# PSY-3301 Chapter 9 T/F Quiz

Question 1

4 out of 4 points

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In (P + Q)6 the term Q6 indicates 0 P events.

Question 2

0 out of 4 points

The requirement that NP ?5= 10 is a necessary and sufficient requirement for using the normal approximation.

Question 3

0 out of 4 points

Because Table B, “Binomial Distribution,” in Appendix D of the textbook only lists probabilities for values of P = 0.40 and 0.45, it is not possible to use the binomial distribution to solve problems where P = 0.43.

Question 4

4 out of 4 points

You are solving a binomial problem with N = 25, It is theoretically and practically possible to solve the problem using the binomial expansion.

Question 5

4 out of 4 points

In (P + Q)7 the term Q7 indicates 0 P events.

Question 6

4 out of 4 points

The binomial distribution requires that P and Q stay the same from trial-to-trial.

Question 7

0 out of 4 points

For the binomial distribution to be appropriate, P and Q must be equal.

Question 8

0 out of 4 points

For biased coins, the probability of getting 5 heads out of a toss of 5 coins equals the probability of getting 5 tails out of a toss of 5 coins.

Question 9

4 out of 4 points

One can appropriately apply the binomial distribution if P = 0.37 and Q = 0.63.

Question 10

4 out of 4 points

To apply the binomial distribution, three of the conditions which must be met are that there is a series of N trials where the outcomes are mutually exclusive and there is independence between trials.

Question 11

4 out of 4 points

If P = 0.30 and Q = 0.67, the binomial distribution does not apply.

Question 12

4 out of 4 points

P + Q = 1.

Question 13

4 out of 4 points

The probability of 6 P events when N = 10 and P = 0.7 is the same as 4 Q events if Q = 0.3 and N = 10.

Question 14

4 out of 4 points

In order to correctly apply the binomial distribution, one of the conditions that must be met is that there are only two possible outcomes on each trial.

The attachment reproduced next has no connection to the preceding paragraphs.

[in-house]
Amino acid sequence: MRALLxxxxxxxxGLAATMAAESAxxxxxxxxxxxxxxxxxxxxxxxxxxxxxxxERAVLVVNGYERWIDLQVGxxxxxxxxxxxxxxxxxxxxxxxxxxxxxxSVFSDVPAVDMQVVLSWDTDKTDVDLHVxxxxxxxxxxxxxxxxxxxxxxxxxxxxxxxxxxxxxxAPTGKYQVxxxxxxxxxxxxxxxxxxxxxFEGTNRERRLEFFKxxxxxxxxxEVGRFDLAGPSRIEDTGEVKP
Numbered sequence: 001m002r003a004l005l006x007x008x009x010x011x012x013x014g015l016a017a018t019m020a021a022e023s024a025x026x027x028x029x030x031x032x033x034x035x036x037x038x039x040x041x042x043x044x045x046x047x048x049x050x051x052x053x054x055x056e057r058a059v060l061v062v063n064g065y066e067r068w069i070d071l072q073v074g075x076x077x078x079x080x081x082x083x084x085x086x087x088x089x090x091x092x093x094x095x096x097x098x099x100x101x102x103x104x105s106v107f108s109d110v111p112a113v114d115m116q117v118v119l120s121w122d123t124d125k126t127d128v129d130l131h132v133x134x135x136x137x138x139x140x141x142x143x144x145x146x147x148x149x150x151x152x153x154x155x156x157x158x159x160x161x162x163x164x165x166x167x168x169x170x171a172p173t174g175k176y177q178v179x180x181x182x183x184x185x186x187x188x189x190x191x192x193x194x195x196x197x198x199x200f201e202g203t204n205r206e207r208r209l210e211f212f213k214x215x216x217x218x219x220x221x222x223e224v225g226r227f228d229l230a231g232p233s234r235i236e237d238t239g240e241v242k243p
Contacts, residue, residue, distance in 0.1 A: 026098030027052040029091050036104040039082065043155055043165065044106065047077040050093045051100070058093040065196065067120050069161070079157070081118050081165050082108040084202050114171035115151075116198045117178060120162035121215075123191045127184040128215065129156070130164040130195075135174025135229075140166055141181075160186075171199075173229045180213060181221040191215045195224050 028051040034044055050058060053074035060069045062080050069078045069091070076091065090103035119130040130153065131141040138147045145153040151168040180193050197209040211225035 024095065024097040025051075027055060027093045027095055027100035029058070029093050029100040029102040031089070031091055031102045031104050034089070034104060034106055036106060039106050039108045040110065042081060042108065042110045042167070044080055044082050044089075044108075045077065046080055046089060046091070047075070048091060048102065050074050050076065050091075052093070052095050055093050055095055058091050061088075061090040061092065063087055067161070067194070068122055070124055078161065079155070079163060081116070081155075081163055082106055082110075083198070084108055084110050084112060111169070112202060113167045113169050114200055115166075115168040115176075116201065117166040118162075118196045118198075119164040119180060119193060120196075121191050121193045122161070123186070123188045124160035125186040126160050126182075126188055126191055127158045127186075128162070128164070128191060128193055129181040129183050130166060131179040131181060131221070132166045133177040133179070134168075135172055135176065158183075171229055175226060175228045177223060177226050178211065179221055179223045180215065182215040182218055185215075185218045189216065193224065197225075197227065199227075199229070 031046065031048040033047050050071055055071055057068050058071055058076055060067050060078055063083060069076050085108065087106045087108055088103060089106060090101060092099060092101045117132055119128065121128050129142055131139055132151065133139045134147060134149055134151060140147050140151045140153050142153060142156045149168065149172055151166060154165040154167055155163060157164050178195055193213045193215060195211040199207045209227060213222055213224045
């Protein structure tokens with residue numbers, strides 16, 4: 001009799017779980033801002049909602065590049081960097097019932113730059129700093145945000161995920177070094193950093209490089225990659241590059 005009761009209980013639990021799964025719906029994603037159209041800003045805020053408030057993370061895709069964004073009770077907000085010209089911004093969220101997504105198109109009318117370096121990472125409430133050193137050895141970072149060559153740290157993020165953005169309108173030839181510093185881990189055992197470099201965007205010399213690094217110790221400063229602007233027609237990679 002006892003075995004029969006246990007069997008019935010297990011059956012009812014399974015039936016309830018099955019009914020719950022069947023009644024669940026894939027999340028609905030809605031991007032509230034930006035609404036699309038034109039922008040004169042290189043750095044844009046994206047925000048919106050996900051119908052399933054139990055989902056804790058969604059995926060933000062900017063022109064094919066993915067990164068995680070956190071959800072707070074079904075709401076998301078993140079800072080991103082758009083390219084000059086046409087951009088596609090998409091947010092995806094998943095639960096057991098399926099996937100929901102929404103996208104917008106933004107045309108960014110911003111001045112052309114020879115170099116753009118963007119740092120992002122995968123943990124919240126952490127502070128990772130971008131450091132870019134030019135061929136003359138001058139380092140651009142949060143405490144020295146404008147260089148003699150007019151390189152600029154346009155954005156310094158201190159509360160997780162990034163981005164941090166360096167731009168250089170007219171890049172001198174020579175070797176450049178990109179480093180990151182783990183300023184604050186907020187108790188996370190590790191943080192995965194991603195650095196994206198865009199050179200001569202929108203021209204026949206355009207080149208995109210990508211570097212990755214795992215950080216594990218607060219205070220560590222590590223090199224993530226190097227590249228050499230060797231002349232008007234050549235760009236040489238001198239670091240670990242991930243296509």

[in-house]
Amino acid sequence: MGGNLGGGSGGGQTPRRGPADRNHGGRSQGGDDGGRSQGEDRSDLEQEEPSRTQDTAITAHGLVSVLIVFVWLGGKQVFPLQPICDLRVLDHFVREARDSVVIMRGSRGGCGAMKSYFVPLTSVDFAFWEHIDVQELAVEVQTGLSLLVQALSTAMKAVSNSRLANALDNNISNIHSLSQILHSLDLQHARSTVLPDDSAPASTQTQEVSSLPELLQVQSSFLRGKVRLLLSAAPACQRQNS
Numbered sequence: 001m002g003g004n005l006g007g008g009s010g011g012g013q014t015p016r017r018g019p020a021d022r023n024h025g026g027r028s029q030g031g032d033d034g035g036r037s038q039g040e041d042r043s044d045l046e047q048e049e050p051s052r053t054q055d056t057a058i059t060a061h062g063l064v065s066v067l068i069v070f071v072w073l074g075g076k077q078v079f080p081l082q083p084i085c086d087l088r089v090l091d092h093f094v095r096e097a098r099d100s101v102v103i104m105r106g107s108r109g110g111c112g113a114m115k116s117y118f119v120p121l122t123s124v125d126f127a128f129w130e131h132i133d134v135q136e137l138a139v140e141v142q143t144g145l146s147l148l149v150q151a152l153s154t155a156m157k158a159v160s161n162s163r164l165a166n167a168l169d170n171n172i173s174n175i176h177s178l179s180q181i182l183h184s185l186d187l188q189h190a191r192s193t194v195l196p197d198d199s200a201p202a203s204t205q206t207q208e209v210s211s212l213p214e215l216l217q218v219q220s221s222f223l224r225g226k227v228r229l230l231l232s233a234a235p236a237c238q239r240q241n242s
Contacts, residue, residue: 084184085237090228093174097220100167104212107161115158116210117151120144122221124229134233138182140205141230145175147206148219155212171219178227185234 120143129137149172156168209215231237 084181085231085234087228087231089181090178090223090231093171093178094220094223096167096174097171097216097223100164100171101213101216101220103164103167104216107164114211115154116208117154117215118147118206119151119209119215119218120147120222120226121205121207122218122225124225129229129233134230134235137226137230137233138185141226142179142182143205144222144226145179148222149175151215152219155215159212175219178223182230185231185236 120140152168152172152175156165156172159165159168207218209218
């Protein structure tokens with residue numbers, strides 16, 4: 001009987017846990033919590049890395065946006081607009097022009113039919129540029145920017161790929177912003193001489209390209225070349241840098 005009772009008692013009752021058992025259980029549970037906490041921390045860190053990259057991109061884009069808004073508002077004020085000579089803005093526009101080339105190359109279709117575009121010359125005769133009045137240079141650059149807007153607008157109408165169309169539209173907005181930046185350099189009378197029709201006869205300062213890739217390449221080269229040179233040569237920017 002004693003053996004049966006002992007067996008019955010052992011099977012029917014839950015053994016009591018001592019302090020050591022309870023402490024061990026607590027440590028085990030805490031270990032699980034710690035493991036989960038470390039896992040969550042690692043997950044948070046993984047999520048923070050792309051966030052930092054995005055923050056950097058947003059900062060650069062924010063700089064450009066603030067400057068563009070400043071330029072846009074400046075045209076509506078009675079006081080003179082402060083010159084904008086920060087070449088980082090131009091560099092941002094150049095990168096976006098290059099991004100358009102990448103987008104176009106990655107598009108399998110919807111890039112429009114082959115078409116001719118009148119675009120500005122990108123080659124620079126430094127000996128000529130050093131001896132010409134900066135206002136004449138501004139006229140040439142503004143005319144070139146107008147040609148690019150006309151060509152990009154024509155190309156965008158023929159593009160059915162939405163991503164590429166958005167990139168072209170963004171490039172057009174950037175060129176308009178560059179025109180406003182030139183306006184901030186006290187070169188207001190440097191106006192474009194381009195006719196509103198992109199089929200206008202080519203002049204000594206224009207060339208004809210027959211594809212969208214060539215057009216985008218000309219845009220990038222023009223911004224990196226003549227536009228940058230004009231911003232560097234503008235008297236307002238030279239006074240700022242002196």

Question 15

4 out of 4 points

A smaller N is required to use the normal approximation if P = 0.60 than if P = 0.80.

Question 16

0 out of 4 points

(P + Q)2 = P2 + Q2 in the binomial expansion.

Question 17

0 out of 4 points

The binomial distribution only applies to flipping coins and not to real life situations.

Question 18

4 out of 4 points

The probability of 7 P events when N = 10 and P = 0.8 is the same as 3 Q events if Q = 0.2 and N = 10.

Question 19

4 out of 4 points

To apply the binomial distribution properly (P + Q) must equal 1.00.

Question 20

0 out of 4 points

A valid example of a situation where one can apply the binomial distribution is in determining the probability of rolling a 6 or a 5 with the toss of a pair of dice.

Question 21

0 out of 4 points

If P ¹ Q, the binomial distribution will still be normally distributed.

Selected Answer:

Question 22

0 out of 4 points

The binomial distribution is always symmetrical.

Question 23

4 out of 4 points

One can look at picking a winner or not picking a winner in a series of races at the track as fitting the requirements of the binomial distribution (assuming that each horse has an equal chance of winning a particular race and there are the same number of horses in each race).

Question 24

0 out of 4 points

If P >Q, the binomial distribution will be symmetrical.

Question 25

4 out of 4 points

The probability of getting a result as extreme or more extreme than 5 heads out of a toss of 7 unbiased coins is 0.4532.